Make Case 3000 hearings as public as possible - FADC

Operational issues will stay classified, but the rest of Case 3000 will be up to the prosecution.

WILL THE Submarine Affair eventually sink Netanyahu? (photo credit: BAZ RATNER/REUTERS)
WILL THE Submarine Affair eventually sink Netanyahu?
(photo credit: BAZ RATNER/REUTERS)

The Knesset Foreign Affairs and Defense Committee approved making the state inquiry hearings on the Case 3000 Submarine Affair more public than what was originally determined.

With a 5-0 vote on Tuesday after both the inquiry panel itself and many Knesset MKs bridled at allowing the Defense Ministry greater power over what would be made public, the new rules give discretion to inquiry chair and former chief justice Asher Grunis.

According to the FADC decision – part of which was a compromise reached between committee chairman Ram Ben Barak and the Defense Ministry – operational issues will remain classified, but other issues that might have normally remained secret will be at Grunis’s discretion.

Case 3000 currently refers to both criminal proceedings in Tel Aviv District Court against several former top aides to former prime minister Benjamin Netanyahu and some former top IDF officials, as well as the broader inquiry that is expected to heavily criticize Netanyahu’s decision-making process.

The criminal case involves alleged bribery, in which Israeli officials skimmed off the top of deals for nuclear-powered submarines from Germany, while the state inquiry is focused on why Netanyahu excluded the IDF, Defense Ministry and other top officials from involvement in some of his decisions regarding the submarines and other navy acquisitions.

 THEN-PRIME MINISTER Benjamin Netanyahu arrives for a hearing in his trial at the Jerusalem District Court last February.  (credit: REUVEN KASTRO/FLASH90) THEN-PRIME MINISTER Benjamin Netanyahu arrives for a hearing in his trial at the Jerusalem District Court last February. (credit: REUVEN KASTRO/FLASH90)

In reaching its decision, the FADC had the loud backing of several former top defense officials who appeared at the hearing.

“There was corruption many more times than what we could imagine,” former IDF chief Lt.-Gen. (res.) Dan Halutz told the FADC. “In my opinion, the acquisitions were carried out without proper authority by exploiting the secrecy of the security issue.”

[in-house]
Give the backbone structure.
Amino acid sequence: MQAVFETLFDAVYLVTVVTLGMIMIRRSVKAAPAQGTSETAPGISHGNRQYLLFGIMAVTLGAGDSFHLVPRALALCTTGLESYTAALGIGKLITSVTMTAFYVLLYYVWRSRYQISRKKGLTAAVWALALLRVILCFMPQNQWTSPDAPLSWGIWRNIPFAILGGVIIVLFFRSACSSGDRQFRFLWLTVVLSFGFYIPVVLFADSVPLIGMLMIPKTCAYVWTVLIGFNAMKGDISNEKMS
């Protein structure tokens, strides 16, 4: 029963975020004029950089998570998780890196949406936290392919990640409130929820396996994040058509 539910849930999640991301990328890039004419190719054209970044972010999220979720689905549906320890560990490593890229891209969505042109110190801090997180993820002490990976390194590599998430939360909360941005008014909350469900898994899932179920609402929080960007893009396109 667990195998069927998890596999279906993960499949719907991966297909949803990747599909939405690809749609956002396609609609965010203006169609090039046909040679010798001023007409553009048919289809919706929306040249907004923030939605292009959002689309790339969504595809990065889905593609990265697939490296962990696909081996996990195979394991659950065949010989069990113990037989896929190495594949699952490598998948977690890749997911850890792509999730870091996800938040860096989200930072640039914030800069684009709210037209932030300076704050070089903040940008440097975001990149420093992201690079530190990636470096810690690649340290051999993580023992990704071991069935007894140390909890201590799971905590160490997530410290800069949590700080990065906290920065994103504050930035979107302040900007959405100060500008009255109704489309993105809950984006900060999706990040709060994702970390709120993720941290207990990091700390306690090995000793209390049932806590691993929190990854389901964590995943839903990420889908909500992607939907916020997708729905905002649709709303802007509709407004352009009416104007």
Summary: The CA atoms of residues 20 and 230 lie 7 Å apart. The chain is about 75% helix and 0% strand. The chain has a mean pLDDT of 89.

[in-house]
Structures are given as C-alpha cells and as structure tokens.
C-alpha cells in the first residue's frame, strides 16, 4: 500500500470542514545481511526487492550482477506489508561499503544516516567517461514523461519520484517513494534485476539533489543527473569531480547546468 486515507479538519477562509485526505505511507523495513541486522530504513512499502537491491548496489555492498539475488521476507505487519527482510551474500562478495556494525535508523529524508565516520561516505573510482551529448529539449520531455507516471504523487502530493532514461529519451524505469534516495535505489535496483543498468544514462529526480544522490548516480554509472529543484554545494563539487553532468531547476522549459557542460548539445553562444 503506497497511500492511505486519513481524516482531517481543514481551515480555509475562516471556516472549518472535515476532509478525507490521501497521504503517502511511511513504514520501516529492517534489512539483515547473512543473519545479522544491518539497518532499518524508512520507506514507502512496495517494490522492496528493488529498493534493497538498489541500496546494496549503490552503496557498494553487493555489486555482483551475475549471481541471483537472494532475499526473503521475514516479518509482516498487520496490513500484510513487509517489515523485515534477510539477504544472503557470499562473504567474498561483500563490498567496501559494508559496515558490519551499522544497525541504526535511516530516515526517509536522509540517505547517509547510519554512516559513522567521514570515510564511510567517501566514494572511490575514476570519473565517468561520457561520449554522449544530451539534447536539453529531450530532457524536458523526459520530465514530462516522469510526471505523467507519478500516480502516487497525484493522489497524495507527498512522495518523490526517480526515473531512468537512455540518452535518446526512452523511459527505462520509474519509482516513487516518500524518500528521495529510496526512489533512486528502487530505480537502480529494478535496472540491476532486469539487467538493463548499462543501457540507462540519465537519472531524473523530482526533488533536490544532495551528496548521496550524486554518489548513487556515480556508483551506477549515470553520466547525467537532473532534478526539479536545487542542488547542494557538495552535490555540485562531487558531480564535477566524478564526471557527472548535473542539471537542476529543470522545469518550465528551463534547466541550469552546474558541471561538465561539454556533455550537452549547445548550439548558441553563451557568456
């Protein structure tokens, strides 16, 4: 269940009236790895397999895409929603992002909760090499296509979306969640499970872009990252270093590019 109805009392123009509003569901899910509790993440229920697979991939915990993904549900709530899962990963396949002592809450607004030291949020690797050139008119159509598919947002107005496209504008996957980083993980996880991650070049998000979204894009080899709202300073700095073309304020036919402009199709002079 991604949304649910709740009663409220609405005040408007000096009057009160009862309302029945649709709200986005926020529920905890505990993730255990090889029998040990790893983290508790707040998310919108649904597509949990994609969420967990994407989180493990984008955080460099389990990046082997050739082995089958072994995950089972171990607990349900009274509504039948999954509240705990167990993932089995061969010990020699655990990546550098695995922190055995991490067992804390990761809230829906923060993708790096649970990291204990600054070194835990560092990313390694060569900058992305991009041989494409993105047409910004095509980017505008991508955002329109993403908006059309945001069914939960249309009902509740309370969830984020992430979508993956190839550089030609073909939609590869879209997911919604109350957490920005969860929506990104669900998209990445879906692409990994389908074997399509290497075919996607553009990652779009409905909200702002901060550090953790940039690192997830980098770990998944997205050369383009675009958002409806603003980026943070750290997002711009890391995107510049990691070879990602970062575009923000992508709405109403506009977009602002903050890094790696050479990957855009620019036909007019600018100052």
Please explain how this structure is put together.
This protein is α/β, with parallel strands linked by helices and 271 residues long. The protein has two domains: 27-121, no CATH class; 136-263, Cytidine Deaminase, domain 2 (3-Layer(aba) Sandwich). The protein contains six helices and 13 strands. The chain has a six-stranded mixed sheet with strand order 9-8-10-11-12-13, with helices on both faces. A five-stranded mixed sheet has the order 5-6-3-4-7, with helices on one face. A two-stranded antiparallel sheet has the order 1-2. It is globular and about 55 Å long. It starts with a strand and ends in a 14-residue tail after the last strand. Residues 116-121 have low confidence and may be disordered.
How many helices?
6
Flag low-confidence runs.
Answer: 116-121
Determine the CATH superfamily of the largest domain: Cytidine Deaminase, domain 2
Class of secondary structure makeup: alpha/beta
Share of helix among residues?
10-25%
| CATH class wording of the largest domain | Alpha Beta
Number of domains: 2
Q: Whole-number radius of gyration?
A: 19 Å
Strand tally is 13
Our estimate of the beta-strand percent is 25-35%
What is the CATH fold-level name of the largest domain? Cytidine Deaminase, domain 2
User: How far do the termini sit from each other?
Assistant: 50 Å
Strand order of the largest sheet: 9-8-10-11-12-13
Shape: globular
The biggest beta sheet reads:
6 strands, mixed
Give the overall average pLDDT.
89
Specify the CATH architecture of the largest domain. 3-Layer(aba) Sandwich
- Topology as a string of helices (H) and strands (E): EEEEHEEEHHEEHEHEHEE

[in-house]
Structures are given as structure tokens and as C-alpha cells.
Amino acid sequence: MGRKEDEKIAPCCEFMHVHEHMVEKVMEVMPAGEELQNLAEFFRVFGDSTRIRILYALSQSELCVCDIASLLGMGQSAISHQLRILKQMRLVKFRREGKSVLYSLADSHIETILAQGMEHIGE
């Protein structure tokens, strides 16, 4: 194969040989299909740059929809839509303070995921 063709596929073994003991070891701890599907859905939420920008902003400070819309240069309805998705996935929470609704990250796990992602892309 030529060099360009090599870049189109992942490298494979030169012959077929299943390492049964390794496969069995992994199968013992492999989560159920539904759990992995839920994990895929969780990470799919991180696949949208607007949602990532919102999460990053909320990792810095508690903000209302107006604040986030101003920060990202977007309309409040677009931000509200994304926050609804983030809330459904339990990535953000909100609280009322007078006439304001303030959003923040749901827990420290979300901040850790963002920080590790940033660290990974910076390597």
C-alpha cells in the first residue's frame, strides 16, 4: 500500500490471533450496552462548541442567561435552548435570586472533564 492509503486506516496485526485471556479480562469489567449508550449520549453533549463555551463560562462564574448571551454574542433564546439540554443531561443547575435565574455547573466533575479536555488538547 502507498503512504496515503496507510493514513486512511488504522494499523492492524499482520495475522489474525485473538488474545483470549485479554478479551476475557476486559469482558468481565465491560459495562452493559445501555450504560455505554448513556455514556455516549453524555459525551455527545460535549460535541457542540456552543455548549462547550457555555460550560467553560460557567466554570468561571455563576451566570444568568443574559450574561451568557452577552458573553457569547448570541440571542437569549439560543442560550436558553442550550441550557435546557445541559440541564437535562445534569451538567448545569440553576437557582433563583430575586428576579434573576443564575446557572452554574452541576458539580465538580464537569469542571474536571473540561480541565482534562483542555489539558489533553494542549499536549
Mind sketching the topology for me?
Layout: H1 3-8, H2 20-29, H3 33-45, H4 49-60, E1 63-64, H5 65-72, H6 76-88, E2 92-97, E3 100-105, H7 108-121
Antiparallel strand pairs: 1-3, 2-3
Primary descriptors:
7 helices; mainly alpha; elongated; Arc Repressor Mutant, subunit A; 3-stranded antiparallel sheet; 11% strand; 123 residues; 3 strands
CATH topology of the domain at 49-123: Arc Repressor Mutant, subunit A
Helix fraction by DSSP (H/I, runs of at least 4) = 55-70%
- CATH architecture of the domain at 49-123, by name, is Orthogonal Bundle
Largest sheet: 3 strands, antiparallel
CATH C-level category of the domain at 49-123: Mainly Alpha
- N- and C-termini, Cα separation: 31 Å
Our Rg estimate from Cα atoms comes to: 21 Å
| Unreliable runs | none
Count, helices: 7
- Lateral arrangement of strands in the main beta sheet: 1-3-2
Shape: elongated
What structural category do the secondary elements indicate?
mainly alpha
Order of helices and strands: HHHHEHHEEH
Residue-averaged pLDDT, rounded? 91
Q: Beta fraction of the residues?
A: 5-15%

Halutz also said that keeping the hearings as public as possible was the best way to deter corruption in the future and information leaking to the media that should remain classified.

“It was clear to me in real-time that this saga would eventually lead to the arena of a criminal probe,” said former Defense Ministry director-general Maj.-Gen. (res.) Dan Harel.

Echoing Halutz about keeping the hearings mostly public, Harel said that “if the state inquiry is kept closed-door, this would frustrate the purpose for which the inquiry was established.”

Likewise, former IDF intelligence chief Maj.-Gen. (res.) Amos Malka warned that those involved had tried to erase evidence, and that the cure for their conduct was keeping most of the hearings public.

In contrast, Defense Ministry legal adviser Itai Ofir said that “there are more secret security issues in this matter than there were even in the Agranat Commission,” which investigated the lack of IDF preparedness in the Yom Kippur War.

Ofir said that too many of the issues implicated directly or indirectly by the inquiry would damage Israeli interests if they were revealed to the public.

Most of the committee MKs supported keeping the majority of hearings public, though there were some heated exchanges between Meretz MK Michal Rozin and UTJ MK Meir Porush over whether “the nation” wanted this inquiry, and whether the coalition or the opposition better represented the will of the nation.

Porush said that he would usually support whatever line the Defense Ministry took on what should remain classified but ultimately did not vote against the committee’s compromise.

He also said that even Prime Minister Naftali Bennett had abstained from voting for creating the committee.

No one from the Likud appeared before the FADC.

The criminal case is moving forward at a snail’s pace. The police had recommended indictments in 2018, and the state prosecution issued a wave of indictments in May, yet the court is not even slated to decide procedures for dealing with classified information before June, let alone to start the process of calling witnesses.